Rolling Stone’s picture of Dzokhar Tsarnaev sparks criticism from Boston Mayor Menino; stores vow not to sell issue

Rolling Stone magazine’s decision to put a picture of Dzhokhar Tsarnaev, the surviving suspect in the Boston Marathon bombing, on the cover of its latest issue sparked criticism today from Massachusetts elected officials and vows from a number of stores that they wouldn’t sell the issue.

A friend of a bombing victim also spoke out against the cover picture, while a police officer grievously wounded during a shootout with Tsarnaev and his brother, Tamerlan, said the cover was “thoughtless at best.’’

Rolling Stone said in a statement that its cover story fell within journalistic traditions and the magazine’s “long-standing commitment to serious and thoughtful coverage of the most important political and cultural issues of our day.’’


The twin bombings on April 15 near the Boston Marathon finish line killed three people and injured more than 260 people, shocking Boston and the nation.

Boston Mayor Thomas M. Menino said in a letter to Jann Wenner, publisher of the magazine, that the cover for the Aug. 3 issue “rewards a terrorist with celebrity treatment. It is ill-conceived, at best, and re-affirms a terrible message that destruction gains fame for killers and their ‘causes.’’’

(Rolling Stone)

Menino said he did not want to feed into the magazine’s “obvious marketing strategy’’ by responding in anger. Instead, he said, he wanted to put the focus on the “brave and strong survivors and on the thousands of people … who have come to their side.’’

“The survivors of the Boston attacks deserve Rolling Stone cover stories, though I no longer feel Rolling Stone deserves them,’’ Menino said.

Governor Deval Patrick said the cover photo, which is accompanied by a profile of Tsarnaev, is “out of taste.’’

The CVS, Roche Bros., Tedeschi, Cumberland Farms, Walgreens, and Stop & Shop chains said they would not put the issue on their shelves.

“As a company with deep roots in New England and a strong presence in Boston, we believe this is the right decision out of respect for the victims of the attack and their loved ones,’’ CVS said in a statement.


Katlyn Townsend — a friend of bombing victim Jeffrey Bauman, who lost both his legs in the bombing — posted an open letter to Wenner on Facebook, saying, “While I respect and support the media’s right to freedom of speech, I do not condone your blatant abuse of that right to sell magazines.’’

“Your use of a provocative, borderline sympathetic image and headline of someone who has caused so much pain to our country is appalling, insensitive, and disgusting,’’ Townsend wrote, demanding that the issue be pulled from newsstands and the Web.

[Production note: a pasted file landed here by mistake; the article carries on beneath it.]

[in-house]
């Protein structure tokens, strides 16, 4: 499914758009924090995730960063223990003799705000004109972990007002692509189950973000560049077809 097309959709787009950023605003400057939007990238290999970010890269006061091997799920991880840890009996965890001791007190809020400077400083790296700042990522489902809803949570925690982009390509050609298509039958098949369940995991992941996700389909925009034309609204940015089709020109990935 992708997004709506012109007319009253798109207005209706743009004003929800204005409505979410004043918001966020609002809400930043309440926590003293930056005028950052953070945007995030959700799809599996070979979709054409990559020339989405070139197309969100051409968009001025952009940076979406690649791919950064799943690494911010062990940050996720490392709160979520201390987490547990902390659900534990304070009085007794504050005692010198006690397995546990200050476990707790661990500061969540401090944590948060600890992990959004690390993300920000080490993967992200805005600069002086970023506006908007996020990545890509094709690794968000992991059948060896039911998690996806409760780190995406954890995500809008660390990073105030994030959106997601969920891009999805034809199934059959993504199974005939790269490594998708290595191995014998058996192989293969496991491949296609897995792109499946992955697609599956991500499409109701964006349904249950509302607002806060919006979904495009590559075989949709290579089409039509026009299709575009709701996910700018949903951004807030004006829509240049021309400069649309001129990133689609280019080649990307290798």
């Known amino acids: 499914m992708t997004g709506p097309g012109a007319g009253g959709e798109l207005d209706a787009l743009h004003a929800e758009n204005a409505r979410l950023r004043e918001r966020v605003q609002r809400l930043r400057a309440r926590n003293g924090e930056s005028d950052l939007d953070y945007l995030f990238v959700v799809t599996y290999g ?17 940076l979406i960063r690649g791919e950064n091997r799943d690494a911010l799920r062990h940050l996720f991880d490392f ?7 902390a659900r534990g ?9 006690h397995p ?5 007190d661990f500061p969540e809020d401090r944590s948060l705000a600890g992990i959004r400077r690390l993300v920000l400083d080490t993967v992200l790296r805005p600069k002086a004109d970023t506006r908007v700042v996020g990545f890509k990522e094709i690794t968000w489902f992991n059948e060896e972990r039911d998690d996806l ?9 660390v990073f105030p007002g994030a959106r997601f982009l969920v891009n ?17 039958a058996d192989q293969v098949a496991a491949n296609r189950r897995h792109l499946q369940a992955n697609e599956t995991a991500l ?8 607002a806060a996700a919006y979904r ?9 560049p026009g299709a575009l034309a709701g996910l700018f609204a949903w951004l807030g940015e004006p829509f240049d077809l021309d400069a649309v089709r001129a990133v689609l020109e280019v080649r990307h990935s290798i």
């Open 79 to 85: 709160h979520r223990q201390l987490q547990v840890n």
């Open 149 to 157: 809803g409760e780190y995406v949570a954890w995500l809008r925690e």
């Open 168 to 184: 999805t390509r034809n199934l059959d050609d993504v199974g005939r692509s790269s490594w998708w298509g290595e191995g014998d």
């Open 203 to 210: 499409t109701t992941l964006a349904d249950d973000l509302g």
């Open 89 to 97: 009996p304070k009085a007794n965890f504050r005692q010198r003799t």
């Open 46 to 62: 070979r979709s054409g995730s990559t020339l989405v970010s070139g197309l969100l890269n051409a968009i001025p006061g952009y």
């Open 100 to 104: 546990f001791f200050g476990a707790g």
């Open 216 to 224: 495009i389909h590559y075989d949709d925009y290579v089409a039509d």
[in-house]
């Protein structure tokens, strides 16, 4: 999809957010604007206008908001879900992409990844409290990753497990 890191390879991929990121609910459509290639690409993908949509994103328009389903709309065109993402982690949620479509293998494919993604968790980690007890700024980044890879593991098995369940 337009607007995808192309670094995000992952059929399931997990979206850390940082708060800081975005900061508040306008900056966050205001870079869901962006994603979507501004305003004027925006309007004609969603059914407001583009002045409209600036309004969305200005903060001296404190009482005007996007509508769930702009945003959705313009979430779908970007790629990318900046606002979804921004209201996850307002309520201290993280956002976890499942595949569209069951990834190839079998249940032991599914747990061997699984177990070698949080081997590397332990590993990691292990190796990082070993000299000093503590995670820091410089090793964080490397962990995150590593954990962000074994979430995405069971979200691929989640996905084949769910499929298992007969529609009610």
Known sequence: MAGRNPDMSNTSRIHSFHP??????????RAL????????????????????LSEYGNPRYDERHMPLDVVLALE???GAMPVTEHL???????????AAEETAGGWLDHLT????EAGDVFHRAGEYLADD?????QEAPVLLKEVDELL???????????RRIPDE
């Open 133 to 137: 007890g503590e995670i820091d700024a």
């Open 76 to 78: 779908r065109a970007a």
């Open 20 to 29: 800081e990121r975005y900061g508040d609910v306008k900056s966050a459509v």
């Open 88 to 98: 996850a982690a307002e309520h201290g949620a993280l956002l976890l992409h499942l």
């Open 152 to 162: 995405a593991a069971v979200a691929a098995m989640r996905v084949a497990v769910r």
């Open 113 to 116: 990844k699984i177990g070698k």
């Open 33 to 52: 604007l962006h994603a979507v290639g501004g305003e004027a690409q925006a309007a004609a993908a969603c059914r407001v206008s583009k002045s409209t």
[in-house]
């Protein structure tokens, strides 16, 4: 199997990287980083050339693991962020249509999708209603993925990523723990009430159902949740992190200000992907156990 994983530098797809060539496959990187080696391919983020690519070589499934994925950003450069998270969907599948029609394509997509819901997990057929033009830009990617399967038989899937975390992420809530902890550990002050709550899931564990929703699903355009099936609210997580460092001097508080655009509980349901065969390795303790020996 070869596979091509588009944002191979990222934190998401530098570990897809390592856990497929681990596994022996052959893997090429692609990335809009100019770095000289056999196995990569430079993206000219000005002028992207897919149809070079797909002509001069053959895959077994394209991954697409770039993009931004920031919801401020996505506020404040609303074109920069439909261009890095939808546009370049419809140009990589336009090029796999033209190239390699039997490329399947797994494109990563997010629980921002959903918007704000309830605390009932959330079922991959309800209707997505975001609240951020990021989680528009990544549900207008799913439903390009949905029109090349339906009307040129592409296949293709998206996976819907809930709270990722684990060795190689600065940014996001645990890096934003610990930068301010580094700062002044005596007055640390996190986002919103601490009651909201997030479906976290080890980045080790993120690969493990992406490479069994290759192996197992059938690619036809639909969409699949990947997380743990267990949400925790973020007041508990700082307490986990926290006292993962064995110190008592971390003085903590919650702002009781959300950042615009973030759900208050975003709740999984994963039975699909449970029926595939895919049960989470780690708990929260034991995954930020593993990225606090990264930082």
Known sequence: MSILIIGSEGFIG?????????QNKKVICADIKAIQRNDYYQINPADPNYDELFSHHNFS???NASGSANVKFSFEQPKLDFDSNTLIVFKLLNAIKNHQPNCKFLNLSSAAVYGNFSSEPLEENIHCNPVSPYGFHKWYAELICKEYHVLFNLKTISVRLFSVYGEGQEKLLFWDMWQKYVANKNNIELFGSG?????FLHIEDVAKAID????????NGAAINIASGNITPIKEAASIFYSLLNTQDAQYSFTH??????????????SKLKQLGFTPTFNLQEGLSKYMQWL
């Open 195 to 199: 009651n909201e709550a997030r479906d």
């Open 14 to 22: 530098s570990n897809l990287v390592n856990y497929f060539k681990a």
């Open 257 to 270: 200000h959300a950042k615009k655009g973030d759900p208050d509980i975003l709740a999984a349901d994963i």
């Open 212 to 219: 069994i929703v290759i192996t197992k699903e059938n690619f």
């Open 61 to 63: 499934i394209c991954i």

MBTA Transit Police Officer Richard Donohue, who was shot in a confrontation in Watertown when the Tsarnaev brothers allegedly sought to flee town several days after the bombing, said in a statement posted on his department’s blog, “My family and I were personally affected by these individuals’ actions. I cannot and do not condone the cover of the magazine, which is thoughtless at best. However, I appreciate our country’s protection of free speech afforded to us by the Constitution. I am confident that our Boston Strong community will remain intrepid and unshaken by the cover of this magazine.’’

The editors of the magazine insisted in their statement, “Our hearts go out to the victims of the Boston Marathon bombing, and our thoughts are always with them and their families.’’

The statement continued, “The fact that Dzhokhar Tsarnaev is young, and in the same age group as many of our readers, makes it all the more important for us to examine the complexities of this issue and gain a more complete understanding of how a tragedy like this happens.’’


The cover story, “Jahar’s World,’’ reveals that Tsaranev played down his Muslim faith at high school in Cambridge, once told a friend that terrorist attacks could be justified, and may have been willing to surrender during a standoff in Watertown on April 19 because of a plea from a former wrestling coach.

Tsarnaev, who went to Cambridge Rindge and Latin before going on to the University of Massachusetts Dartmouth, is accused of working with his brother, Tamerlan, to detonate the two bombs.

Dzokhar Tsarnaev faces numerous federal charges that could bring him the death penalty. Tamerlan Tsarnaev died after allegedly being shot by police and being run over by his brother in a confrontation in Watertown in the early morning hours of April 19.

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